Tuesday, December 04, 2012

Advent: waiting in the moment

Advent again. And every year, a little more suddenly than the preceding year, the same ritual tasks - that moment when you realise that it's time to forage in the forest (and we won't tell where) for just the right selection of greenery, from the delicate lace branches that droop below the candle wreath to the wonderful pink berries from the church grounds that were obviously designed by the Creator to complement the liturgical colours, the chilly morning in the empty church when fingers fumble with the secateurs and drop spiny leaves on the carpet. This year we added the cool scent of eucalyptus to the wreath for the pleasure of doing so, and the finished article was more ebulliently leafy than any of its predecessors. We wonder if anywhere else does it quite like this ... but we doubt it.*

Shortly after that I made my Christmas cake, thinking, as always, of the first time I did this, heavily pregnant and extremely sore after sitting down on black ice while shopping and deciding that I'd be happier standing, baking, than sitting and worrying. Stir up Sunday may no longer have its own collect - Stir up, we beseech thee, O Lord, the wills of thy faithful people ...  - but that's the day the fruit goes in the sherry, or the sherry in the fruit, and a week later the cake is made and drizzled with the left-over liquor. Later I shall turn my mind to puddings, brandy butter, cranberry sauce ...

And then there will be cards to think of. Is it inane still to send cards when I could greet so many people through Facebook and Twitter? Was it always daft to give them to friends we see all the time, or to the family we shall spend Christmas with? But I remember how I used to love writing the few cards I sent as a child, loved receiving them - and there's a part of me can't bear to give this up. I have dealt with presents for the grandchildren, and refuse to panic about their parents, let alone anyone else - present-giving should be a joy, not a worry.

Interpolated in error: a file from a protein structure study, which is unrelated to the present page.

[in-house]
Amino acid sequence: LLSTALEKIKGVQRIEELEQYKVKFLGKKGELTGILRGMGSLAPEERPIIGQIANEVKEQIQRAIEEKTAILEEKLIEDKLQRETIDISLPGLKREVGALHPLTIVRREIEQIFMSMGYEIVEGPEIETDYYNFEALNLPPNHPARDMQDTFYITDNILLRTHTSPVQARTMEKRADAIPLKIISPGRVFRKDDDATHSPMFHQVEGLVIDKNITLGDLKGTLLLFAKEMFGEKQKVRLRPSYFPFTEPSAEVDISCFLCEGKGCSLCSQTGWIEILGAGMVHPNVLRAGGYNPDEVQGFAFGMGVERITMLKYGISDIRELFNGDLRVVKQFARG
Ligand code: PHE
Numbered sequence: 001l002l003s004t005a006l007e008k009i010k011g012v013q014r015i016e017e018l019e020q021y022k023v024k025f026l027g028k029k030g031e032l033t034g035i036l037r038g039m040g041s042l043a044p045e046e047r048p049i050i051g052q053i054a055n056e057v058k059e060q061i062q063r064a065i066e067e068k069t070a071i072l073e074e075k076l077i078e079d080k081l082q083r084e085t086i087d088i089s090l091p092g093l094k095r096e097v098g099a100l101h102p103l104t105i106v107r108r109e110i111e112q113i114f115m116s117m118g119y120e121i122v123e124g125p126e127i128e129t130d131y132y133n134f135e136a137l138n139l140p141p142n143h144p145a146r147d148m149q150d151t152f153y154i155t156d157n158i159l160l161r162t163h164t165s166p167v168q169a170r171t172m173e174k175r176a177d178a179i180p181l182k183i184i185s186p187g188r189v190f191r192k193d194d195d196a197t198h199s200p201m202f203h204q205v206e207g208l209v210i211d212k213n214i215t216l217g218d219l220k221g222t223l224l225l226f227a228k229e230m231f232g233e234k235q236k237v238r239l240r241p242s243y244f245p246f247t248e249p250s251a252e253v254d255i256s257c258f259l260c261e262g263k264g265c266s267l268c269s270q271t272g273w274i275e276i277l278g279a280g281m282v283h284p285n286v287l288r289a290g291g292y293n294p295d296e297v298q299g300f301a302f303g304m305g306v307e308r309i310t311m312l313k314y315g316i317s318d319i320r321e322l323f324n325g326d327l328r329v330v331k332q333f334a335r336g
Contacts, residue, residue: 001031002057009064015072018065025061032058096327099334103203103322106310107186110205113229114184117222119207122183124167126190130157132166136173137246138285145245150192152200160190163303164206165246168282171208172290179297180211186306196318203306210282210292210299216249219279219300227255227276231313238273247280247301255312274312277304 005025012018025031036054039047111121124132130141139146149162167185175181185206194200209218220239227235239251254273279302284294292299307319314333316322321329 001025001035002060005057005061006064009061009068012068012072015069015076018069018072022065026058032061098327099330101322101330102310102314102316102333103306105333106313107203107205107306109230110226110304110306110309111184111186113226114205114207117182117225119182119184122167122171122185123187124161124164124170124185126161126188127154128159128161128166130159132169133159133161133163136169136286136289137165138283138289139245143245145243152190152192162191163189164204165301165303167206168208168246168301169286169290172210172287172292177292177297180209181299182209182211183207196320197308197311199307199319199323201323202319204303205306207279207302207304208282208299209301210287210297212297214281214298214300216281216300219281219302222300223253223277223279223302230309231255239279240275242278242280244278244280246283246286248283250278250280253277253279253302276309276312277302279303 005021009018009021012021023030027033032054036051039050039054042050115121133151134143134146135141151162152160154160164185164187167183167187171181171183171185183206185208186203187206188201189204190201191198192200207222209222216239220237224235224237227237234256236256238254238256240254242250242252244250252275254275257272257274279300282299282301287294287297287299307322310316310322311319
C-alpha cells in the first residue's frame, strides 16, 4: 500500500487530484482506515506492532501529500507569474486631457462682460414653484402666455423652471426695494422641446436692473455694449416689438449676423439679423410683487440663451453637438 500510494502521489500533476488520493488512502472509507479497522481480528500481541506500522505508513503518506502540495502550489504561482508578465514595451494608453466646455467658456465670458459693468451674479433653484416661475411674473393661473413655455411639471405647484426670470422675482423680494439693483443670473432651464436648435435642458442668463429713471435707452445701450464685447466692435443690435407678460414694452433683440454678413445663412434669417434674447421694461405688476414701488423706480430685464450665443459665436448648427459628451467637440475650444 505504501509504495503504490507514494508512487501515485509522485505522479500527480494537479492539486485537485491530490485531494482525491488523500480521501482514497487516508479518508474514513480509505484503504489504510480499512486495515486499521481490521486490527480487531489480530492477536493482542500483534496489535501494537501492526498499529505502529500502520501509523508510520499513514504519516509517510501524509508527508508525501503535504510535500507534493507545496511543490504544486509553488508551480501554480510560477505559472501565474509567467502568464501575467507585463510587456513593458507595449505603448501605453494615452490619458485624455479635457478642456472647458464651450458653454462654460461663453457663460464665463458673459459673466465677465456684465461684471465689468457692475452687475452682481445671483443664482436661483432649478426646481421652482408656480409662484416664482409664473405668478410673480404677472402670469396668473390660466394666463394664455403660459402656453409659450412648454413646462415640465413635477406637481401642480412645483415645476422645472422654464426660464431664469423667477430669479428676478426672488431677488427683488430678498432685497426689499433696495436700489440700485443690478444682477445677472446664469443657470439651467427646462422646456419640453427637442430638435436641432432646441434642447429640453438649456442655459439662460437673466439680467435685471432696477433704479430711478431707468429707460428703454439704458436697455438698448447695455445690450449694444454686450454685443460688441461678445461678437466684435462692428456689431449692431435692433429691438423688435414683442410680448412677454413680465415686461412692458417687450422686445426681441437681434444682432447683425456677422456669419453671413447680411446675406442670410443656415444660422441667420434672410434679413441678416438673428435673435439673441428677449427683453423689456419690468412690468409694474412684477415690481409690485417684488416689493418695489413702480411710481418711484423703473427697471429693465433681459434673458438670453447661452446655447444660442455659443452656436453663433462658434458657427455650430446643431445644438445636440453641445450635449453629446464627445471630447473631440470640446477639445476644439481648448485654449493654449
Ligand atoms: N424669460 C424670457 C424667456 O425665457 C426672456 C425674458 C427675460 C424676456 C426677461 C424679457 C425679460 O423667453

Tonight, however, I shall be doing what I most enjoy: singing the music of the season, rehearsing carols for Christmas. And on Sunday I'm expecting to participate in a wonderful, quiet, dark, candle-lit Evensong, at which Mr B and I will sing with two friends, singing the music of the waiting and the longing that is Advent, repeating the glorious setting of my own words that is the Advent Song we premiered last year and which is now obviously reaching so many people on YouTube. I listen to it, and the wonder returns; I know that singing it will take me to a place that nothing else can.

Of all the seasons, this is the one to restore the mystery and awake the longing that can too often be submerged in the busyness of life - even church life. It's good to take time to wait in the moment.

*For the sharp-eyed and critical, I can report that by the time Advent Sunday came, the altar frontal was purple - a faded, pinky-purple, but definitely not red. Just saying ...


  1. I've recently discovered your 'Advent Song'- absolutely beautiful. I think I shall use it many times to give myself quiet moments during the rest of Advent. Thank you so much. I've embedded it in my blog post today - I hope this is OK - you seem to be offering it with a CC Licence. Let me know if it isn't - either here, or by commenting on my blog or via Twitter @Seeking1st

  2. How wonderful to hear that again through the wonders of You Tube! But there's still a place for the handwritten card too for me..

  3. A lovely post, Christine and how wonderful to be listening again to your glorious Advent Song. It's hard to believe it's a year since I first heard it and posted it on my blog.

    I still have a huge Christmas card list, mainly to elderly relatives and friends who I know very much value getting them. Not being on FB or Twitter, I still send them to younger people too. :-)